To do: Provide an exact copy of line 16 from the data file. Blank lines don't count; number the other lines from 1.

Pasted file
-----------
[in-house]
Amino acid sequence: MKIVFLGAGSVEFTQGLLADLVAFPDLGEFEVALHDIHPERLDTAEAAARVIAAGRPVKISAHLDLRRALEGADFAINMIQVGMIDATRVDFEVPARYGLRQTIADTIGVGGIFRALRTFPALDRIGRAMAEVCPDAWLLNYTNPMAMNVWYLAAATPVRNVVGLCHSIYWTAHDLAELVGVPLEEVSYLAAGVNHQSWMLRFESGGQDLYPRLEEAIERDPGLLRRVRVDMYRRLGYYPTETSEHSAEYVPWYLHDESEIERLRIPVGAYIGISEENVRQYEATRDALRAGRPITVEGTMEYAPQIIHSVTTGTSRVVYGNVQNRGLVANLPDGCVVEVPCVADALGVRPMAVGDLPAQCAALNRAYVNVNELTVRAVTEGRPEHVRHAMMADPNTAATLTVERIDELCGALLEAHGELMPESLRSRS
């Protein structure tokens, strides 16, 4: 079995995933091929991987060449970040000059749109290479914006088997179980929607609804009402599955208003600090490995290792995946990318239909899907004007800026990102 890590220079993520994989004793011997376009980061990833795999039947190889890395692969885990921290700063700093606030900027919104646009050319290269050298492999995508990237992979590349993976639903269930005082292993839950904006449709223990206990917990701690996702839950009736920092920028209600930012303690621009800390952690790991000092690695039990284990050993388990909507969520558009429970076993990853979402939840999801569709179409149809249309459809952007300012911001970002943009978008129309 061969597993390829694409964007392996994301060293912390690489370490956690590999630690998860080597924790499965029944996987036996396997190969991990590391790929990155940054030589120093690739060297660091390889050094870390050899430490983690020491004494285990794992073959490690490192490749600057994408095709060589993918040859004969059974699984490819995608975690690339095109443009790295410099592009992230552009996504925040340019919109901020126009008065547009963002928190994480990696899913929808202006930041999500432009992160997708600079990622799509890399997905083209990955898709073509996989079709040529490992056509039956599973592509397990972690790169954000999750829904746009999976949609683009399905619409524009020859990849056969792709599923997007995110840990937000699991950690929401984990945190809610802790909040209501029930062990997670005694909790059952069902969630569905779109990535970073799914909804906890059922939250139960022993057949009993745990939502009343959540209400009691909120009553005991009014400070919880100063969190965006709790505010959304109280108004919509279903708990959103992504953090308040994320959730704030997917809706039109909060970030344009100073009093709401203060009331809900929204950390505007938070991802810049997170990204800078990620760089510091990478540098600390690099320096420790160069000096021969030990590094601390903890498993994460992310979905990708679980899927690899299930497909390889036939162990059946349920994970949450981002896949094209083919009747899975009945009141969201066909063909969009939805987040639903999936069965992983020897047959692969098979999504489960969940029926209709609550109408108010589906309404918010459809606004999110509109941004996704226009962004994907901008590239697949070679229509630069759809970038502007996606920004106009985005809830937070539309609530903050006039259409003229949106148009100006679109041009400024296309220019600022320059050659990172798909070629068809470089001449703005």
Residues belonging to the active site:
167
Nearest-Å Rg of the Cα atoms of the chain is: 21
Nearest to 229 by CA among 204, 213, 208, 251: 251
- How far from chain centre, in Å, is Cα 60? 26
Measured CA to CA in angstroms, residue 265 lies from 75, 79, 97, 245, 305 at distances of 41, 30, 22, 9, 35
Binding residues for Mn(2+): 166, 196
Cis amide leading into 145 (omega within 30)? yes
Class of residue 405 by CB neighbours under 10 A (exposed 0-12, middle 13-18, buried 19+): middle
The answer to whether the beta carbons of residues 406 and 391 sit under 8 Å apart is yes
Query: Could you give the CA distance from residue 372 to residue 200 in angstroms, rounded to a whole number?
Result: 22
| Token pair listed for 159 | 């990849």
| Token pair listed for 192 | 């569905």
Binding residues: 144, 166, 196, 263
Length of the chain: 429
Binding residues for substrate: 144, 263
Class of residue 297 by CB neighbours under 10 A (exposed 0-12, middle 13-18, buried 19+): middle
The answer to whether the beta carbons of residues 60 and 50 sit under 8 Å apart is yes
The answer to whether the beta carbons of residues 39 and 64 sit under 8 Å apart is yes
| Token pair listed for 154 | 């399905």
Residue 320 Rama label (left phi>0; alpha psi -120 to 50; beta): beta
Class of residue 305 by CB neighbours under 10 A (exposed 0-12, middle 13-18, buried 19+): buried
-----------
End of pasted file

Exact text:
| Token pair listed for 159 | 């990849």